Survey commissioned by the Dave Thomas Foundation for Adoption shows an increase in the belief that all children are adoptable
Published: March 25, 2022
By: Courtesy of Dave Thomas Foundation for Adoption
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For five years, siblings Lexi and Nick lingered in foster care, frightened they might never be adopted, or worse, separated from each other. After being found alone in a hotel, they bounced from house to house. Lexi, now 18, said, “It was confusing. I was scared. We didn’t know where we were going. I felt alone.” Nick had major health issues — made worse by years of neglect — and no access to medical care. At age 16, he weighed 79 pounds.
Lexi and Nick were fortunate to be adopted by Laurene and Matt Sweet in 2018 and today are thriving. Nick is in college, and Lexi will graduate high school this year. The Sweets are among the growing number of Americans considering foster care adoption when building a family.
According to a new national survey conducted by The Harris Poll every five years on behalf of the Dave Thomas Foundation for Adoption, 37 percent of adults in the United States who have not adopted have considered adoption (a significant increase from 25 percent in 2017). Of those individuals, 82 percent have considered foster care adoption — up 3 percent from 2017 and at an all-time high since 2007.
“These findings are very encouraging — more families are open to adoption in general and considering foster care adoption at higher rates than we’ve ever seen,” says Rita Soronen, President & CEO of the Dave Thomas Foundation for Adoption. “We fervently believe that unadoptable is unacceptable and are excited that more and more Americans are joining us in that belief.”
According to the survey, 67 percent of adults believe that every child is adoptable, which is an increase from 58 percent in 2017. Also encouraging is that 75 percent of adults say that society should be doing more to encourage foster care adoption, up significantly from 64 percent in 2017.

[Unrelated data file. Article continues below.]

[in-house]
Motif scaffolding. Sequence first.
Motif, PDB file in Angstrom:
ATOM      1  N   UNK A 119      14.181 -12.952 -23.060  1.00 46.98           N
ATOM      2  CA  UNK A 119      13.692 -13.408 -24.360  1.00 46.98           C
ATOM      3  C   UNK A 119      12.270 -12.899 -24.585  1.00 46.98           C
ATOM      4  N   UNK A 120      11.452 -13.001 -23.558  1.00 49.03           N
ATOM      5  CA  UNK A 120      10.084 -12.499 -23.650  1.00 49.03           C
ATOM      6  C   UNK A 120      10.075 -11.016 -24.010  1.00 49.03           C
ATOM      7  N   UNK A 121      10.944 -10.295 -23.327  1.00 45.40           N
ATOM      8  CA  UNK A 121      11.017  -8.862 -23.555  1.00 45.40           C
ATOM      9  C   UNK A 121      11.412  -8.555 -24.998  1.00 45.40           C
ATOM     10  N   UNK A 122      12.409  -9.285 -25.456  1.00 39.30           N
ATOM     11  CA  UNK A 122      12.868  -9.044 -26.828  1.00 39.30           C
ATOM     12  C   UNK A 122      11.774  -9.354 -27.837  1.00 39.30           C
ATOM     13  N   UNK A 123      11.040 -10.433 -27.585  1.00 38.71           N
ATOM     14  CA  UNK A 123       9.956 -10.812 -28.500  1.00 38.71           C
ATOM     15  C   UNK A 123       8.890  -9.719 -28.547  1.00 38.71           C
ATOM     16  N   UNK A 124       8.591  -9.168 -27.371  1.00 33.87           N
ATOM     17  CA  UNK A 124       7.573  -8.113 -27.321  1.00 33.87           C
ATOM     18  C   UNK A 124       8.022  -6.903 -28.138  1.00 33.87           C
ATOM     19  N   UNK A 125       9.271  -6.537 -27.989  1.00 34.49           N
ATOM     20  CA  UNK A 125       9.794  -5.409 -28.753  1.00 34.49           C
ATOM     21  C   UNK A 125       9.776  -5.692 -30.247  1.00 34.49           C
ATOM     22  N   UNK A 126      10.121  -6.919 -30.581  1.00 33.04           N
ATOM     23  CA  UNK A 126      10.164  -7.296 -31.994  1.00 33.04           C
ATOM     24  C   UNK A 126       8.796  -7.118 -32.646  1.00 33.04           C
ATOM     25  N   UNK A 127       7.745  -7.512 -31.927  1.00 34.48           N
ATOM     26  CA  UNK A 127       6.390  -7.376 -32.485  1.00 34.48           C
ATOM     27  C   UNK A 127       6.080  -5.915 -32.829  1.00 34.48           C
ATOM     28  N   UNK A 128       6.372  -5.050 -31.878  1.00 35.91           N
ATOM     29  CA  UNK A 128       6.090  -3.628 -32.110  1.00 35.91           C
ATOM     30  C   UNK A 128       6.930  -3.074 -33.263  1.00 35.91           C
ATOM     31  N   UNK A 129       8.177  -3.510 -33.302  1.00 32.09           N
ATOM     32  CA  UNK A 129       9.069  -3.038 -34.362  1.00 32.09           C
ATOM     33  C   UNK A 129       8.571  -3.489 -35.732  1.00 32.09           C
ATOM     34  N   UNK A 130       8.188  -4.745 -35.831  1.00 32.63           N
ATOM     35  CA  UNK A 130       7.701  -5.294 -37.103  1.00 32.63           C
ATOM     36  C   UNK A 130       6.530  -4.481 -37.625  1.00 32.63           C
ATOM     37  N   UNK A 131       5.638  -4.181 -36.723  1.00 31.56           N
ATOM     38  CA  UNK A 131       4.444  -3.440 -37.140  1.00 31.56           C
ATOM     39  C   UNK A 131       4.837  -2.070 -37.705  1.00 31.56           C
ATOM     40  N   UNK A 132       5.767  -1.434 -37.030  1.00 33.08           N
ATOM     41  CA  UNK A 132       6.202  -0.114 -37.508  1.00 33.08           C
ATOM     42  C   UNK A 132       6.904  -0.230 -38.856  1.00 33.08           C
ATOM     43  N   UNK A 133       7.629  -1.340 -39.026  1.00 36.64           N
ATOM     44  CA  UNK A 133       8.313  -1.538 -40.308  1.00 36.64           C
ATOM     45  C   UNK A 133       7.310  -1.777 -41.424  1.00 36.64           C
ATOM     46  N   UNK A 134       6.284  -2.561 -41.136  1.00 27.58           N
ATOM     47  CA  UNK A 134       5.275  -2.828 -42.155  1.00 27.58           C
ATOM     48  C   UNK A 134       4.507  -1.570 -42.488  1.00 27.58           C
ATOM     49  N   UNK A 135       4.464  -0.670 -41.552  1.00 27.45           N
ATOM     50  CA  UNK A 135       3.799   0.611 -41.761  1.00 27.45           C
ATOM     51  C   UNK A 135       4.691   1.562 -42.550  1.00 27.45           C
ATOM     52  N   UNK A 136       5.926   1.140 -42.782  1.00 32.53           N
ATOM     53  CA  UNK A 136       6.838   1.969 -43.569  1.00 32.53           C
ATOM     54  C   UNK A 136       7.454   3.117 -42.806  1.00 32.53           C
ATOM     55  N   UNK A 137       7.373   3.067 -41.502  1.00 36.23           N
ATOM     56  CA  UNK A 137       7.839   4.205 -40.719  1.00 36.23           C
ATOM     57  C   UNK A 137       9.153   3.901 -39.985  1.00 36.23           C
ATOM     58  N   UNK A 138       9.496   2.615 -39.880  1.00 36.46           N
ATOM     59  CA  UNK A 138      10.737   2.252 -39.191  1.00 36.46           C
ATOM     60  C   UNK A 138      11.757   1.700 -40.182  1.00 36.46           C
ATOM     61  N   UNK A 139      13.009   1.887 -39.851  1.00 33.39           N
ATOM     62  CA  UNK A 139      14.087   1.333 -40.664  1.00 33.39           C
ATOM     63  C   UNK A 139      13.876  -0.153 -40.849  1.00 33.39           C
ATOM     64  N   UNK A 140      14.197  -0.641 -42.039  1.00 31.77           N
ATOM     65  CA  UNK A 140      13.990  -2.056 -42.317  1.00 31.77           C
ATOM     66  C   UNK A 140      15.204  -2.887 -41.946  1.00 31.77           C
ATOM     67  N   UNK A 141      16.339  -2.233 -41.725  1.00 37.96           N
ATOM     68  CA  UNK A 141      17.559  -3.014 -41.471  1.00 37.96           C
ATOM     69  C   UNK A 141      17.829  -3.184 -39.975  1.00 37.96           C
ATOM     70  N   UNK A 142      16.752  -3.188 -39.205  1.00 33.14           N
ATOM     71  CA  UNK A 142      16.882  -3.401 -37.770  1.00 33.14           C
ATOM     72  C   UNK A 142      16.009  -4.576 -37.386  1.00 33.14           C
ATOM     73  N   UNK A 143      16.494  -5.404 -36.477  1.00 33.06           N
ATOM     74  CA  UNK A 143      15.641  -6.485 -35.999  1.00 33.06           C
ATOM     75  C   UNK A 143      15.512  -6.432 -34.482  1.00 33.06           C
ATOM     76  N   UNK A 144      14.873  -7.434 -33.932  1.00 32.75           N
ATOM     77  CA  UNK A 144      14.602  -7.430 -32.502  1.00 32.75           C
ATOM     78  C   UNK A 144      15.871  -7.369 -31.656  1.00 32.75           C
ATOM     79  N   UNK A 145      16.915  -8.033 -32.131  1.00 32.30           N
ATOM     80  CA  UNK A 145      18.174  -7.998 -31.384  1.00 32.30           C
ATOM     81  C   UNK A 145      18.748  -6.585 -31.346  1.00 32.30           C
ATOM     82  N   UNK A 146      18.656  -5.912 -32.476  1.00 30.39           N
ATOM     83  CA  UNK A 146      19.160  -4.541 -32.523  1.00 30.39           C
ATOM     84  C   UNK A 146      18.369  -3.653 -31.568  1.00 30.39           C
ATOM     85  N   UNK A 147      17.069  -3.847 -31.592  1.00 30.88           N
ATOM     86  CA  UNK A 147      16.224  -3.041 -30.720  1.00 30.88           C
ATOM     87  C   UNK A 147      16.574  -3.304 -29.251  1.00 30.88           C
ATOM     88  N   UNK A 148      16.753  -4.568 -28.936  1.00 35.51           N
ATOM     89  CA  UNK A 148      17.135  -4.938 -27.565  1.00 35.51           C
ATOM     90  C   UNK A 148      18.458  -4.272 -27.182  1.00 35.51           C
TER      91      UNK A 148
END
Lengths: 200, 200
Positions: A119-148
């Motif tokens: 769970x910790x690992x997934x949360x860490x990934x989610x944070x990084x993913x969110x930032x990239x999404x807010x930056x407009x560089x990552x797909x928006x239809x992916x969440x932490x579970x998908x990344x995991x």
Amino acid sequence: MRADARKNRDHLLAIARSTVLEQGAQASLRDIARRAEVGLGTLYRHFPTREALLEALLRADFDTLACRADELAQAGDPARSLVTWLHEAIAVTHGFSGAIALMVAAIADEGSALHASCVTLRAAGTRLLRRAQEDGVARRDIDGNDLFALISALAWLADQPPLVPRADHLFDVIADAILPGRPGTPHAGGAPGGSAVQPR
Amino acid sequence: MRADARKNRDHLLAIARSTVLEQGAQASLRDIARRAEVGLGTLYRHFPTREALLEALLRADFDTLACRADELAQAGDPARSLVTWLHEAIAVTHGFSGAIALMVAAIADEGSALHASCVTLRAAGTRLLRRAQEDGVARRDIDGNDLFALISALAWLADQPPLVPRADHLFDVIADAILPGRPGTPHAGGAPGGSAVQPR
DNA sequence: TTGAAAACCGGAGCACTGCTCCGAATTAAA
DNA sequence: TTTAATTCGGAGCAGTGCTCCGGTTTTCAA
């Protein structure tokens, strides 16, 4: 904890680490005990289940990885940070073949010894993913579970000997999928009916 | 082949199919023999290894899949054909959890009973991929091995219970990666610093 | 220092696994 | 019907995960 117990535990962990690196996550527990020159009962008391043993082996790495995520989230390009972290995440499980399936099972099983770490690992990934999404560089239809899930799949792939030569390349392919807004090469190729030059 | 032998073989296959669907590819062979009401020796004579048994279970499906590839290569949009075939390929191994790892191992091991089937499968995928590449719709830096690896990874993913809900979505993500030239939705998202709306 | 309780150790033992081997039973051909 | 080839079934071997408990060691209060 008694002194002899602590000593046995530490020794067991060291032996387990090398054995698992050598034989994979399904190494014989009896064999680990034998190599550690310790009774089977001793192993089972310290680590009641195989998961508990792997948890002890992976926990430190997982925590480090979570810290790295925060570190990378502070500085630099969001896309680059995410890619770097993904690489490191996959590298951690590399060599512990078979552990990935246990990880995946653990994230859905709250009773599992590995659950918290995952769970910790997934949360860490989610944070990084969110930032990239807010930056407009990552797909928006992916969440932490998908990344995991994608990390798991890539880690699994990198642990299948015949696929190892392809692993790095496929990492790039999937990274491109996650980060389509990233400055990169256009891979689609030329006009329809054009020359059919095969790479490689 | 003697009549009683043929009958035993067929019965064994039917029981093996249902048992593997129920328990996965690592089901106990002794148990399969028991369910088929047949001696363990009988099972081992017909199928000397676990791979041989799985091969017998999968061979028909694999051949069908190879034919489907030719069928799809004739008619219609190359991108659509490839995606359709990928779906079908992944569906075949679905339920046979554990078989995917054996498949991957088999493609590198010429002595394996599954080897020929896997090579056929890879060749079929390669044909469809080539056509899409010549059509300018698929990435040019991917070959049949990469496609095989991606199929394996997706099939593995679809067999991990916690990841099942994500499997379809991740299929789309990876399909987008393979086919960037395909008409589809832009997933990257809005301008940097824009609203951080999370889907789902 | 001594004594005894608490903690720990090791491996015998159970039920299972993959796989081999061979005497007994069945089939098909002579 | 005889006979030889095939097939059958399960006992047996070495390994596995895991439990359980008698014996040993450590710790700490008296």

While a growing number of Americans believe more should be done to help youth in care, unfortunately, more than half (51 percent) mistakenly believe that children are placed in foster care because they are juvenile delinquents. “The idea that these children have done something wrong, causing them to be placed in foster care, continues to permeate society,” Soronen says. “It is a misconception that we must continue to fight.”
Among the other findings remains a hesitancy to adopt teenagers. Thirty percent of Americans feel youth not adopted by the time they are adults will be fine on their own. And only 3 percent of adults would consider adopting a teenager as their first choice. “We need to do more to help young people who are still waiting to be adopted,” says Soronen. “You are never too old to need the support of a permanent family, and teenagers need and want parents just as much as younger children. Research shows that if a child ages out of foster care, they are at a much higher risk of experiencing homelessness, unemployment and other negative outcomes.”
Laurene, Lexi and Nick’s mom, says she couldn’t imagine not adopting her two teenagers, “I love teenagers. They are so fun. We didn’t have the first steps or first words, but we have experienced so many other milestones with our kids.” “I think being adopted is the most beautiful thing you could ask for because you get to start a new life,” Lexi says. “Now, I feel as if I can be whoever I want to be.”
Through its national programs, such as Wendy’s Wonderful Kids®, Adoption-Friendly Workplace™, and National Adoption Day, the Foundation is dedicated to achieving the vision that every child will have a permanent home and a loving family. The Foundation’s awareness campaigns highlight the urgent need for foster care adoption and work to dispel the myth that children are placed in foster care because they have done something wrong. These young people enter the system through no fault of their own because of abuse or neglect. Unfortunately, many are freed for adoption because it is unsafe for them to return to their biological families. Through Wendy’s Wonderful Kids, the Foundation supports the hiring of adoption professionals, known as recruiters, who serve children and youth who have been waiting in foster care the longest. A rigorous, five-year national evaluation revealed that a child referred to the Wendy’s Wonderful Kids program is up to three times more likely to be adopted.
Right now, more than 115,000 children are waiting to be adopted from foster care in the United States, and more than 20,000 youth age out of care without a family every year.